versão impressa ISSN 1870-1191
Culturales vol.6 no.11 Mexicali jan./jun. 2010
Creating the Middle-class Suburban Dream in Mexico City
Guénola Capron1 y Martha de Alba2
1 Centre National de la Recherche Scientifique, France, email@example.com
2 Universidad Autónoma Metropolitana-Iztapalapa, firstname.lastname@example.org
Fecha de recepción: 14 de diciembre de 2009
Fecha de aceptación: 29 de abril de 2010
The aim of this article is to understand a particular form of urban culture, related to the development of Mexico City's suburbs during the late fifties. How the American urban experience influenced the arising suburban culture? What kind of urban imaginary was associated with the new way of life proposed by promoters of modern suburbs? We will try to answer these questions by analyzing the urbanistic ideas made fashionable by those architects who had a forceful influence on the development of the city in the fifties. Secondly, we will review the marketing discourse preferred by promoters of residential developments built in the same period in Mexico City.
Keywords: suburbs, social imaginary, urban marketing, Mexico City.
En este artículo tratamos el desarrollo de los suburbios de la Ciudad de México a finales de los cincuenta. ¿De qué manera la experiencia urbana norteamericana influyó en el surgimiento de una cultura suburbana? ¿Qué tipo de imaginario social se encuentra asociado con la nueva forma de vida propuesta por los promotores de los suburbios modernistas? Trataremos de responder a estas preguntas con el análisis de las ideas urbanísticas de moda propagadas por los arquitectos de mayor influencia en la capital mexicana de los cincuenta. En segundo lugar, revisaremos el discurso publicitario de los promotores de los desarrollos residenciales construidos en la zona metropolitana de aquella época.
Palabras clave: suburbios, imaginario social, publicidad inmobiliaria, Ciudad de México.
The influence of the American city model seems to be an undeniable fact. There are those who state, for example, that "the future of the cities of the world is partly based on the American urban experience. Naturally, this is because, as such, it is very important but, above all, it is because it is observed attentively and copied with greater or lesser resolve and critical detachment," (Staszak, 2001, our translation). This experience reaches other countries previously filtered by the representations of those who transfer and disseminate it, being social actors with larger or smaller influence: the media, businessmen, architects, tourists, immigrants, etc. It is not the actual American city that "travels" from the United States to the rest of the planet, but rather an imaginary based on it.1 Its model is reinterpreted in other social, political and economic contexts, blending with a group of images belonging to the local culture that cause a "shift of meaning", in which the symbols of the model are clothed anew with other meanings in addition to their real meanings (following Castoriadis, 1975). In the case of the suburban imaginary, one is dealing with symbols such as nature, owning one's own house, the car, that are projected in socio-cultural universes and urban systems that are considerably distanced from the original, thus undergoing a process of "remodelling". By analysing the discourse of certain actors, architects, urbanists, manufacturers, property developers, it is possible to observe how ... it gives rise to these "cross-cultural" processes and the "shift of meaning" of a suburban context characterized by certain " anti-urbanism ", such as the American model, to another,2 characterized by strong social contrasts, as in the case of Latin American suburbs. We will try to exemplify this process through the study of two types of discourse, analysing them using Castoriadis' theory of the imaginary. In the first place, we will tackle the urbanistic ideas made fashionable by those architects who had a forceful influence on the development of the city in the fifties. Secondly, we will review the marketing discourse preferred by promoters of residential developments built in the same period in Mexico City. But before undertaking this specific example, we would like to go into greater depth on the so-called Americanization of the suburbs in this city at this time.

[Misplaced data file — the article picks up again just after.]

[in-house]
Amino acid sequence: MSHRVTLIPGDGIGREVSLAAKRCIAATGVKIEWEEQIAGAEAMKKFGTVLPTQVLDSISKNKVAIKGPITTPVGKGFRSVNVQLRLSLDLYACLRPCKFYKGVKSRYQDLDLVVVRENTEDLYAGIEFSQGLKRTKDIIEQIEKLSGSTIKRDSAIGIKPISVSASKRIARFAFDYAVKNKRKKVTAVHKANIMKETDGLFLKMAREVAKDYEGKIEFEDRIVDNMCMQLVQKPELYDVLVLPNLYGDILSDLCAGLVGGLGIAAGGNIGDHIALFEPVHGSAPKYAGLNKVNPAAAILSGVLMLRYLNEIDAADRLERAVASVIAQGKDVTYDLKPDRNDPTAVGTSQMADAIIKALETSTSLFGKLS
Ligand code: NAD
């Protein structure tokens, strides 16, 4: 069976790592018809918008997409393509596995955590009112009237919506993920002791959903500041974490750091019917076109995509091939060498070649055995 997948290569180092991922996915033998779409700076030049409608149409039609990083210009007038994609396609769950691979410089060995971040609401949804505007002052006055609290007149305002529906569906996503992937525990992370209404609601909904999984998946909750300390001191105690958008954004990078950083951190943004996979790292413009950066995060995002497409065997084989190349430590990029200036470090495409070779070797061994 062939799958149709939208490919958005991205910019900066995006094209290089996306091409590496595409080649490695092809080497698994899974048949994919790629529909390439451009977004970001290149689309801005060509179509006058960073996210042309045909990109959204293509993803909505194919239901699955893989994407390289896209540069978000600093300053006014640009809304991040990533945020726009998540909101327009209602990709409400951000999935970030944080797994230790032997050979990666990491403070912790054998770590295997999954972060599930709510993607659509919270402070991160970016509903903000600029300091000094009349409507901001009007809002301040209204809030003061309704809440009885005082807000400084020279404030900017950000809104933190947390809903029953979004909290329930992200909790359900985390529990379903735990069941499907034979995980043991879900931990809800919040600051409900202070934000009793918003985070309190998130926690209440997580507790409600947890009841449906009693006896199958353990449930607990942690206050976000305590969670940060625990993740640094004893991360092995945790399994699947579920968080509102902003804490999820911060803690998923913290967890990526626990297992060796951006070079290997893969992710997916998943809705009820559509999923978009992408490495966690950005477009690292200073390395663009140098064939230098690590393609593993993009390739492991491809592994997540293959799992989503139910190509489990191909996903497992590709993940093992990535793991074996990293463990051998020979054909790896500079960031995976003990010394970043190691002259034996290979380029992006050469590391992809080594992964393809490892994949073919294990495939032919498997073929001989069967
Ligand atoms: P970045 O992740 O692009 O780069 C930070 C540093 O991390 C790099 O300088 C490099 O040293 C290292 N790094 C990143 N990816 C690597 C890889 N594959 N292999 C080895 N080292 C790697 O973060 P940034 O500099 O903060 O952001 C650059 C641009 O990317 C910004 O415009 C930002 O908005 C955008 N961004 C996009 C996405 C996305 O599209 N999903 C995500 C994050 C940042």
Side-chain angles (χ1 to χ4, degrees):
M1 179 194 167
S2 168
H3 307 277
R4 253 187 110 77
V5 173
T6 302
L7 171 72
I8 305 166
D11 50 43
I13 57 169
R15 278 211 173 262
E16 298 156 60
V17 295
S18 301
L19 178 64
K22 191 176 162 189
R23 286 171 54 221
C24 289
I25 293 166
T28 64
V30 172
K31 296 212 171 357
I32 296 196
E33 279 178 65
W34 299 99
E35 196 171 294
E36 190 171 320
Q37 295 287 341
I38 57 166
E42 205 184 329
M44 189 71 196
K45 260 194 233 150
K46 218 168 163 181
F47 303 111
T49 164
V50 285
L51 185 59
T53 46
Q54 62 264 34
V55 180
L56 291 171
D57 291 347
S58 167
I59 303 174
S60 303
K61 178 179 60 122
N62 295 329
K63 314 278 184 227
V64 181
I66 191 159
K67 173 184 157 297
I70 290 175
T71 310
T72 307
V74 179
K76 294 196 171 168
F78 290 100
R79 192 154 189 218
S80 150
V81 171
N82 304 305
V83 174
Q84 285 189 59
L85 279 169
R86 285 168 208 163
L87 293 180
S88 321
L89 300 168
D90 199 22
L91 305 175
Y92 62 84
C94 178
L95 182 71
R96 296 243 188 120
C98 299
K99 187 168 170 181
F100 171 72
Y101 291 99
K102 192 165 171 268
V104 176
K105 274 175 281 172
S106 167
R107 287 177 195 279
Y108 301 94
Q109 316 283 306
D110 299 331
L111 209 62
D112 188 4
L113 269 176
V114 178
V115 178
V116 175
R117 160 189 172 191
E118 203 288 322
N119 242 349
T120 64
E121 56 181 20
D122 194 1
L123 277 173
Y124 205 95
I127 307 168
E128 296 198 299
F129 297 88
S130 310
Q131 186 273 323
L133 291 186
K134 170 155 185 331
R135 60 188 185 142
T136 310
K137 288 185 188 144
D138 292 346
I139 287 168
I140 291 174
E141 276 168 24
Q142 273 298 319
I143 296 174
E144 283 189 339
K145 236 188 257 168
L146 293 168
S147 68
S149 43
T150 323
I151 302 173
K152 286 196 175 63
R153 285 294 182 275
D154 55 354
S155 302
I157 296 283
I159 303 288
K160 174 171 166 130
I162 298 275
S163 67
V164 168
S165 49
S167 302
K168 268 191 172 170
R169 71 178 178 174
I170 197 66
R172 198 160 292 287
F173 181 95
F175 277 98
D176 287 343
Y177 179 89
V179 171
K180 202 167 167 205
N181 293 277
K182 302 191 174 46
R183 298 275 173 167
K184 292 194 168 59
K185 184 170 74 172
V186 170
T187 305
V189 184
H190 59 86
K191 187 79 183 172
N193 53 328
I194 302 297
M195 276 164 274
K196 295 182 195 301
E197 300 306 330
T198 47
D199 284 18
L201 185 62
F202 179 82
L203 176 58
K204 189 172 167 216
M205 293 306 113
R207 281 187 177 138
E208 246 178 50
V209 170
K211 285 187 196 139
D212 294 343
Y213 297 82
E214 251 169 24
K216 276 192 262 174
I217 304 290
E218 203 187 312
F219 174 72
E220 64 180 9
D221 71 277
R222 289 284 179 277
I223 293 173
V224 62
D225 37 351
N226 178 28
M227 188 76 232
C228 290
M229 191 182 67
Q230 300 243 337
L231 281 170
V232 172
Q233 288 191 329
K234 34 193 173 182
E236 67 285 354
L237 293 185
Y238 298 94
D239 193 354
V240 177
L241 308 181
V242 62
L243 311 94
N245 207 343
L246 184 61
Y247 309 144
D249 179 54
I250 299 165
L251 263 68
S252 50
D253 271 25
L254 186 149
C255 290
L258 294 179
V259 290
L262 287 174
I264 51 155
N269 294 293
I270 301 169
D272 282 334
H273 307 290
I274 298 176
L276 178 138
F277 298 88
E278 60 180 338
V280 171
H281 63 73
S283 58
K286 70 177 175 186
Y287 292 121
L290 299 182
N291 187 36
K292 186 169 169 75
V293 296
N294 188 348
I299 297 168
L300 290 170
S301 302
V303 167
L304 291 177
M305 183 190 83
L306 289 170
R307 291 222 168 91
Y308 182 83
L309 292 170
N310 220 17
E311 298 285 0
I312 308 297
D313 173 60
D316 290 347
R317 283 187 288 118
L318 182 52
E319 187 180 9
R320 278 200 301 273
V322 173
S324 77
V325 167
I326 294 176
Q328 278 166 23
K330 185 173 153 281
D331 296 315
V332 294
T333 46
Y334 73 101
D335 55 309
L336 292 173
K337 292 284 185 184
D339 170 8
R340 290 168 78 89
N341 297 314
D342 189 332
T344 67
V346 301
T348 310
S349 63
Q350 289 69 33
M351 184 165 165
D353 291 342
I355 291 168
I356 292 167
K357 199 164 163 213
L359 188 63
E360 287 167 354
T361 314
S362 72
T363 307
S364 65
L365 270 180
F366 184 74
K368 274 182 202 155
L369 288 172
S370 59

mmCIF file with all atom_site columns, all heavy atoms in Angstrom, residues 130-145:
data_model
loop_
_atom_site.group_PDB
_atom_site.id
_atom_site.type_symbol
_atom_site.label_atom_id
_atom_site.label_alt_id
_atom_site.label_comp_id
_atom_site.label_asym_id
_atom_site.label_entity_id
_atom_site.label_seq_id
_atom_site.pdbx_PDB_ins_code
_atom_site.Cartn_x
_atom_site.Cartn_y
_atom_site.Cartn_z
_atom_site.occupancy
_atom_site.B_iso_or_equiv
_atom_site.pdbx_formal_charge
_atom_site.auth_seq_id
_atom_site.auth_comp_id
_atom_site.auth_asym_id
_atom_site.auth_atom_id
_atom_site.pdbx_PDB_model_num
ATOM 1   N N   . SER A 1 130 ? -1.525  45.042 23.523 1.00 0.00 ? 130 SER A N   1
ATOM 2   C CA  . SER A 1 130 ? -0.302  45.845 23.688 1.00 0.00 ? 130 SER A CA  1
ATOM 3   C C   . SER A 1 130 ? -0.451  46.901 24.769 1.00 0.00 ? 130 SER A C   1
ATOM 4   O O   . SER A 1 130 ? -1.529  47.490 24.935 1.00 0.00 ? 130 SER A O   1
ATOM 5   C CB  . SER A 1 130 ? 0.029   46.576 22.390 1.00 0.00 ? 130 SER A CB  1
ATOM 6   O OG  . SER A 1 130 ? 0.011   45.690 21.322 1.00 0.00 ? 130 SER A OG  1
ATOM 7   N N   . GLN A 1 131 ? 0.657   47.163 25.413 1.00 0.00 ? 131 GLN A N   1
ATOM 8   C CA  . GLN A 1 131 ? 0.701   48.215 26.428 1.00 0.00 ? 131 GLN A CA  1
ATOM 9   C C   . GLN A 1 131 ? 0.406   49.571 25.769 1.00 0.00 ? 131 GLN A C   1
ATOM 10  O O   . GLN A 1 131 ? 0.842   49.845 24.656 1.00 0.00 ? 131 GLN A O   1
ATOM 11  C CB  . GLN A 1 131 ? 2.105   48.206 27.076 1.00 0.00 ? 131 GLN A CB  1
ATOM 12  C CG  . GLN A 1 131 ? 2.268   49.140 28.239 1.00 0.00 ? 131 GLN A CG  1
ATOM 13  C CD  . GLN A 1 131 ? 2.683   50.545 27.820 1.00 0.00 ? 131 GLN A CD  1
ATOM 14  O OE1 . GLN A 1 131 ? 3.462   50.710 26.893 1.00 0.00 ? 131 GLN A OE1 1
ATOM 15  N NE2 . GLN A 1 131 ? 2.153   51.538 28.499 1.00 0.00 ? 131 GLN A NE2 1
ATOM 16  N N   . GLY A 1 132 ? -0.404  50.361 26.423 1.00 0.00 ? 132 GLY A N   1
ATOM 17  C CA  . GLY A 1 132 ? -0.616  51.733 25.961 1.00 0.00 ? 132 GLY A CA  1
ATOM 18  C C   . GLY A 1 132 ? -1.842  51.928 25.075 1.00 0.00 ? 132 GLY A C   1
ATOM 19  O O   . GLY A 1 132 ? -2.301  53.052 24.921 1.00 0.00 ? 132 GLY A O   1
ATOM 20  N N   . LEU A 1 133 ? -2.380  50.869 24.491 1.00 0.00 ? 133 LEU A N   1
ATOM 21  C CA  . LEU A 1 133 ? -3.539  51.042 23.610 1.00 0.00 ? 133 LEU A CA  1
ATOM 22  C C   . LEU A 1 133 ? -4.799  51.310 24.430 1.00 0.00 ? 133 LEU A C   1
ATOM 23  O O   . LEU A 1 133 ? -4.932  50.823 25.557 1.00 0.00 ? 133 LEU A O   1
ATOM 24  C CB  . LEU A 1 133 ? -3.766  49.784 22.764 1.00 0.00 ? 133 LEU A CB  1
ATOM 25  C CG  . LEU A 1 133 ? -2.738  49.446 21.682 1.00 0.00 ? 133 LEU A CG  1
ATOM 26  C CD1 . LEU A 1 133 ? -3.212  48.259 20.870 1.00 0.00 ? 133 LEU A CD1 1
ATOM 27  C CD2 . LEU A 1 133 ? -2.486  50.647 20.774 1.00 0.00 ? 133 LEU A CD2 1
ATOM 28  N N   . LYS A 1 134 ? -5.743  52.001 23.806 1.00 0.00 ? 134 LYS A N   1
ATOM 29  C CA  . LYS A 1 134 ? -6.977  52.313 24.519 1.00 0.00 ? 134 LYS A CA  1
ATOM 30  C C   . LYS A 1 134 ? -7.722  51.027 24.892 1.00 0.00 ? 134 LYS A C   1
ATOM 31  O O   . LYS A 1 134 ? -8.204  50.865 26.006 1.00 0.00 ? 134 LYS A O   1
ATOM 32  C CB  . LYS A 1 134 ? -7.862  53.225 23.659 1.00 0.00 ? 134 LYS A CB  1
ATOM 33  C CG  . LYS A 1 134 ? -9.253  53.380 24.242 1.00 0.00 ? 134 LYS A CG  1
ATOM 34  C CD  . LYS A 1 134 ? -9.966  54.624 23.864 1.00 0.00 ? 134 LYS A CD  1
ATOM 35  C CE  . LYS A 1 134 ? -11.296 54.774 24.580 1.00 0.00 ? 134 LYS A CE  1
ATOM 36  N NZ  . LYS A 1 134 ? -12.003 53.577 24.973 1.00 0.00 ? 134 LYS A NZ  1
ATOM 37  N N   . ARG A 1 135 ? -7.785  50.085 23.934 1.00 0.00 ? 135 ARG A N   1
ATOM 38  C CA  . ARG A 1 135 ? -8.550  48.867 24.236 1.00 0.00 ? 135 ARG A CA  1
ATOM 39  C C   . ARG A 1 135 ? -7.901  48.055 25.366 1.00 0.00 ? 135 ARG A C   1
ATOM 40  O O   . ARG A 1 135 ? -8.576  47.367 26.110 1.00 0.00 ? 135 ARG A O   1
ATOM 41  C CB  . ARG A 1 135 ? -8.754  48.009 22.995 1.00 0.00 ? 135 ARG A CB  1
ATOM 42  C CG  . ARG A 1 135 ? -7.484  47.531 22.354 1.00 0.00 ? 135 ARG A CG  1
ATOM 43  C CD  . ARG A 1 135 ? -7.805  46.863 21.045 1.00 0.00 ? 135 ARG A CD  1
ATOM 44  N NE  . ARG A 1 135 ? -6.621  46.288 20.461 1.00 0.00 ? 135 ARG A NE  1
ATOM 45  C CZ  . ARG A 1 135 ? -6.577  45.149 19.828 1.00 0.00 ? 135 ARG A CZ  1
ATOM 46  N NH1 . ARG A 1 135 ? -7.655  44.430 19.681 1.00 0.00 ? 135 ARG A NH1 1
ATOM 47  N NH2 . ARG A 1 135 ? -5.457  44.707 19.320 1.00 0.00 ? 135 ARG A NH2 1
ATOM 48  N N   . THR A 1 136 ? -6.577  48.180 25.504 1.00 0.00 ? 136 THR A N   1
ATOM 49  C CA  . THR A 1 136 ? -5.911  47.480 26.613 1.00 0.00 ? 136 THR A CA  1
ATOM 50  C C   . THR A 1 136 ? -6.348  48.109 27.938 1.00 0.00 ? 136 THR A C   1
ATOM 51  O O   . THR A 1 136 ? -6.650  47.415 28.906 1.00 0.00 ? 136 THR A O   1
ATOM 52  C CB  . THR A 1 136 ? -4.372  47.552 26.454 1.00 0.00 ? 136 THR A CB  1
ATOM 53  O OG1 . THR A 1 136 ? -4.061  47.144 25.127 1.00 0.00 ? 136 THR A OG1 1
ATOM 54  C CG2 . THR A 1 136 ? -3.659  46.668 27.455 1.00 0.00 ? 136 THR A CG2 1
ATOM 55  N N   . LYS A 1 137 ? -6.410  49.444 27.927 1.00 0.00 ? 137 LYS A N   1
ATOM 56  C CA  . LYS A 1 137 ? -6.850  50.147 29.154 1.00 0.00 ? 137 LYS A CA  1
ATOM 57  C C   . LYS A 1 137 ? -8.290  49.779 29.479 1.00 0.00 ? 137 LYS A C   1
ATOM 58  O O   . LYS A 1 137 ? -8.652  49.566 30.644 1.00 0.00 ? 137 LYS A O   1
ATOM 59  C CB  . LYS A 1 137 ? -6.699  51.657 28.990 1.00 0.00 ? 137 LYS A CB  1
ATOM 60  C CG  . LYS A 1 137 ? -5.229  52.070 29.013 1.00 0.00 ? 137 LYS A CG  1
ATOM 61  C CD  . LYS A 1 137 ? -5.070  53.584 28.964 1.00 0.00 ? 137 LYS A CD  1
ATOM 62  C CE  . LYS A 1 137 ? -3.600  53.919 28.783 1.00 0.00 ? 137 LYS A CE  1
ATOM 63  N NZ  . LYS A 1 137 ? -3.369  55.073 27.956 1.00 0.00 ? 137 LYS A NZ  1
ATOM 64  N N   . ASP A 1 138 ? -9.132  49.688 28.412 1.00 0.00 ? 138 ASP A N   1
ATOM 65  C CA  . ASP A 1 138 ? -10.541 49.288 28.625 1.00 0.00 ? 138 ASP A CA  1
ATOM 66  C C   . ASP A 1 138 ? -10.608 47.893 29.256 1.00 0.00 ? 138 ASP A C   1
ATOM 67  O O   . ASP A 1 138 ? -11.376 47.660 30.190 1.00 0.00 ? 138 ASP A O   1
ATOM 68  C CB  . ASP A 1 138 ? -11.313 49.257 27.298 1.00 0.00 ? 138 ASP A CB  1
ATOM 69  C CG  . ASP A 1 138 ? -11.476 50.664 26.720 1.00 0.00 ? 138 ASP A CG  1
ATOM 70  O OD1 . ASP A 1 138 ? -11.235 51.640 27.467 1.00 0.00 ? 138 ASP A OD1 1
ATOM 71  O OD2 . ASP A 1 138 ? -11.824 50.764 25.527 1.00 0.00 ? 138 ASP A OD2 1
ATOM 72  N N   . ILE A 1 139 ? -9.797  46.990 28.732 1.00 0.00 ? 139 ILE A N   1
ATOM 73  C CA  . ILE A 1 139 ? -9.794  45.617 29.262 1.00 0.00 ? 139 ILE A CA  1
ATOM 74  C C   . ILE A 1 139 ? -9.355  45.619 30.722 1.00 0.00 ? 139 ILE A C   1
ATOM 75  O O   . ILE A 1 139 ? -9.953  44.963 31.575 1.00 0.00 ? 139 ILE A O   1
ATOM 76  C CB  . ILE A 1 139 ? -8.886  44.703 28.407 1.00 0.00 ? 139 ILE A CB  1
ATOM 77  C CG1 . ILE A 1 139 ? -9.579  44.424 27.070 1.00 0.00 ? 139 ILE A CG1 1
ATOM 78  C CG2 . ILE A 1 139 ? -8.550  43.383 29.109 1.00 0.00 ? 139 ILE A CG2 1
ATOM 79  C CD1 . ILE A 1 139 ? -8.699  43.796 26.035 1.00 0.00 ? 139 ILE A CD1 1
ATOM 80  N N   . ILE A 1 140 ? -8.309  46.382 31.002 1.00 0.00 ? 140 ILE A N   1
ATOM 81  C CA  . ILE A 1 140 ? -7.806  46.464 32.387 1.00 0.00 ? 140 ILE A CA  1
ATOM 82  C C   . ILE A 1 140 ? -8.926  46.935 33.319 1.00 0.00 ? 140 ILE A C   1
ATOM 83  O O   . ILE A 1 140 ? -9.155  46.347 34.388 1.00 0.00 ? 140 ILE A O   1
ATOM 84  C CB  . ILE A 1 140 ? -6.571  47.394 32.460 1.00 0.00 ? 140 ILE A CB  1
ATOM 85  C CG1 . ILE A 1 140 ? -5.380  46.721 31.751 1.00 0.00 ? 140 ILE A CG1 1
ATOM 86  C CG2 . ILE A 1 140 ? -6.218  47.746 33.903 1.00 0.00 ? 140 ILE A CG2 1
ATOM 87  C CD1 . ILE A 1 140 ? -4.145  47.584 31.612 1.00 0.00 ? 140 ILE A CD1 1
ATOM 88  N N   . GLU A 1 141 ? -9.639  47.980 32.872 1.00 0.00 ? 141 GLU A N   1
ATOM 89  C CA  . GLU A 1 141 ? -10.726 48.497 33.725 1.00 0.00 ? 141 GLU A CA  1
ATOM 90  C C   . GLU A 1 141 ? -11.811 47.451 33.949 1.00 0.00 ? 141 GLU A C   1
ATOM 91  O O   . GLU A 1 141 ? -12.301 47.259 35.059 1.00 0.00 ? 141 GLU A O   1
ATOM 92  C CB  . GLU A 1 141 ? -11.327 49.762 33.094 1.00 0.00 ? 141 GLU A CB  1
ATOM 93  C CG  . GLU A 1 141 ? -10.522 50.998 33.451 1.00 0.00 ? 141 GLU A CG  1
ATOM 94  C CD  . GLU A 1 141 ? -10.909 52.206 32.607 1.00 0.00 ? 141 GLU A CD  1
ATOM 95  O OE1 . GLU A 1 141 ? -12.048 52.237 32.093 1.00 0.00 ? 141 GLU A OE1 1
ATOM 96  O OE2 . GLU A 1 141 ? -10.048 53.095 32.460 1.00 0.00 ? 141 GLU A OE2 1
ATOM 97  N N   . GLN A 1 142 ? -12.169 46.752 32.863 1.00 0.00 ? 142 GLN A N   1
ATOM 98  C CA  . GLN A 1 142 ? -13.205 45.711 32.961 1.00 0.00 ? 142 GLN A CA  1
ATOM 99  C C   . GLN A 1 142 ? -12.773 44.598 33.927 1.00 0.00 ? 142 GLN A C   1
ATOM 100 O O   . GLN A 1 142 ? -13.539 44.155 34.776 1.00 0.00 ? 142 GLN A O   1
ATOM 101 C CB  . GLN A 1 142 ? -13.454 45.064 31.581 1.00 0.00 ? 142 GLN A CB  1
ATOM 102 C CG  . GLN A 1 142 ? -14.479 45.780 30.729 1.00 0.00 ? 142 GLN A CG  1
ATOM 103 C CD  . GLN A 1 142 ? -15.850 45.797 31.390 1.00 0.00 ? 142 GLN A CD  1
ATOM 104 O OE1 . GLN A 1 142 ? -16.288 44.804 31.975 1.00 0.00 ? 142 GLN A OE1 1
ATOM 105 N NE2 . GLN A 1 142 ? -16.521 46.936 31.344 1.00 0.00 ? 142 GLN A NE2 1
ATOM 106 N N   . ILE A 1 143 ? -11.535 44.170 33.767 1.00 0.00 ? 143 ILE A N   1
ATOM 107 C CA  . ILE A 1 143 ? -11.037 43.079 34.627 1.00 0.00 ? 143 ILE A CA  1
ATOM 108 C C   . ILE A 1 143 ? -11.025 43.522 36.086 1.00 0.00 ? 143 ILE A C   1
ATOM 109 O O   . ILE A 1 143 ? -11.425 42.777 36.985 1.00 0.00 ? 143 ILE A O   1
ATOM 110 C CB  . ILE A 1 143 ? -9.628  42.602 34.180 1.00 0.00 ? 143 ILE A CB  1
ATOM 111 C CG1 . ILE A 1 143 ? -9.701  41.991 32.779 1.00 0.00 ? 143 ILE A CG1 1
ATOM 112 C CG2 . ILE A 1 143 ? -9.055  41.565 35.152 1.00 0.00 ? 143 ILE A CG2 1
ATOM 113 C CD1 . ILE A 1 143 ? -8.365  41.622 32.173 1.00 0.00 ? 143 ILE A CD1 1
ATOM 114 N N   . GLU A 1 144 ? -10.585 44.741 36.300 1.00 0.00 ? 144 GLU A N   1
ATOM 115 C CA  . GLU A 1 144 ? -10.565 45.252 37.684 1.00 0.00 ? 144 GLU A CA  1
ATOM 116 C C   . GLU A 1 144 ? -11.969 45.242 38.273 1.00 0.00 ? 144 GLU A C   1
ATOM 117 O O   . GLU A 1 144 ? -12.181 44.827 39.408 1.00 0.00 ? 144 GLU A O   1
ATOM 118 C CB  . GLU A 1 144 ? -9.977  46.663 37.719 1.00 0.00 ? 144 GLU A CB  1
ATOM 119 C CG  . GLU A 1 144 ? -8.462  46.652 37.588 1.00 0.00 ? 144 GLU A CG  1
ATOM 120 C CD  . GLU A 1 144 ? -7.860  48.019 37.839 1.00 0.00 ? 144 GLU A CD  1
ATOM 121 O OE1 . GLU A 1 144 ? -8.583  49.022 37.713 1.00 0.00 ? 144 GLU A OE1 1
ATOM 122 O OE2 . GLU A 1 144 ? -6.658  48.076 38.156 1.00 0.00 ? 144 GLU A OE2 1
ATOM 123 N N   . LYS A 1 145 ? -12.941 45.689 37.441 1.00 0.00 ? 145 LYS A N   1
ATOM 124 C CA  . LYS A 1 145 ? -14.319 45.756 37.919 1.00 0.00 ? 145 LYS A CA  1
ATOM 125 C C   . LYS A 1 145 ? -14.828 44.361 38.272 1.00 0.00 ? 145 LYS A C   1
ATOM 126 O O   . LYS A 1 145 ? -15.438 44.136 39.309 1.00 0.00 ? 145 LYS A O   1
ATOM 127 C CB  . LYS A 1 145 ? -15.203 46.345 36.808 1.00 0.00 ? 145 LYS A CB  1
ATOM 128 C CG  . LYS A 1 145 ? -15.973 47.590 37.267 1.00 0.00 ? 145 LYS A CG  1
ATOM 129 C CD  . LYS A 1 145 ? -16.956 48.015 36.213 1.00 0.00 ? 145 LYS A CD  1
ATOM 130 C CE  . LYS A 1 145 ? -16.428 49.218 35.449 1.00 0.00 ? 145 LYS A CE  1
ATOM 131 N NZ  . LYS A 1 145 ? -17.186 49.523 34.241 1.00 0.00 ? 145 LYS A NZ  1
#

Dissemination of the "American" imaginary